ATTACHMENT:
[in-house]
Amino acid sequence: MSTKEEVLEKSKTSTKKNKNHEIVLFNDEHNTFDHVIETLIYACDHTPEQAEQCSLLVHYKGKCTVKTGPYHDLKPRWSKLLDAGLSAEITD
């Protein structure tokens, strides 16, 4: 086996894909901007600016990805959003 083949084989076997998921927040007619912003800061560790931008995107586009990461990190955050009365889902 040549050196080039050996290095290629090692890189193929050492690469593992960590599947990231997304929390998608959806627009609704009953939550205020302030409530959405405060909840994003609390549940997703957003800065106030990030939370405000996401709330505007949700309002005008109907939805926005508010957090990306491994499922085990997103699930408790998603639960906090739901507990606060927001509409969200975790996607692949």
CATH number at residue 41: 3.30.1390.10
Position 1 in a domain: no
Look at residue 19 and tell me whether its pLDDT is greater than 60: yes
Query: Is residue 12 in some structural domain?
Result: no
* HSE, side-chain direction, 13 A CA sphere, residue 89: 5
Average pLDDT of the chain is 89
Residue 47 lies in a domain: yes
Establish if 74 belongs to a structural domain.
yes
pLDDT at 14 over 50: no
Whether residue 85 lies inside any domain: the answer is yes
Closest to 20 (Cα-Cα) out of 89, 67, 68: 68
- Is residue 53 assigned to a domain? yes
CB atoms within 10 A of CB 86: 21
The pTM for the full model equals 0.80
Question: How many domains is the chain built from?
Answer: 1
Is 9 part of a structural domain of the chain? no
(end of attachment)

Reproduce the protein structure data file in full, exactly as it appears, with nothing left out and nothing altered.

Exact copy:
[in-house]
Amino acid sequence: MSTKEEVLEKSKTSTKKNKNHEIVLFNDEHNTFDHVIETLIYACDHTPEQAEQCSLLVHYKGKCTVKTGPYHDLKPRWSKLLDAGLSAEITD
């Protein structure tokens, strides 16, 4: 086996894909901007600016990805959003 083949084989076997998921927040007619912003800061560790931008995107586009990461990190955050009365889902 040549050196080039050996290095290629090692890189193929050492690469593992960590599947990231997304929390998608959806627009609704009953939550205020302030409530959405405060909840994003609390549940997703957003800065106030990030939370405000996401709330505007949700309002005008109907939805926005508010957090990306491994499922085990997103699930408790998603639960906090739901507990606060927001509409969200975790996607692949």
CATH number at residue 41: 3.30.1390.10
Position 1 in a domain: no
Look at residue 19 and tell me whether its pLDDT is greater than 60: yes
Query: Is residue 12 in some structural domain?
Result: no
* HSE, side-chain direction, 13 A CA sphere, residue 89: 5
Average pLDDT of the chain is 89
Residue 47 lies in a domain: yes
Establish if 74 belongs to a structural domain.
yes
pLDDT at 14 over 50: no
Whether residue 85 lies inside any domain: the answer is yes
Closest to 20 (Cα-Cα) out of 89, 67, 68: 68
- Is residue 53 assigned to a domain? yes
CB atoms within 10 A of CB 86: 21
The pTM for the full model equals 0.80
Question: How many domains is the chain built from?
Answer: 1
Is 9 part of a structural domain of the chain? no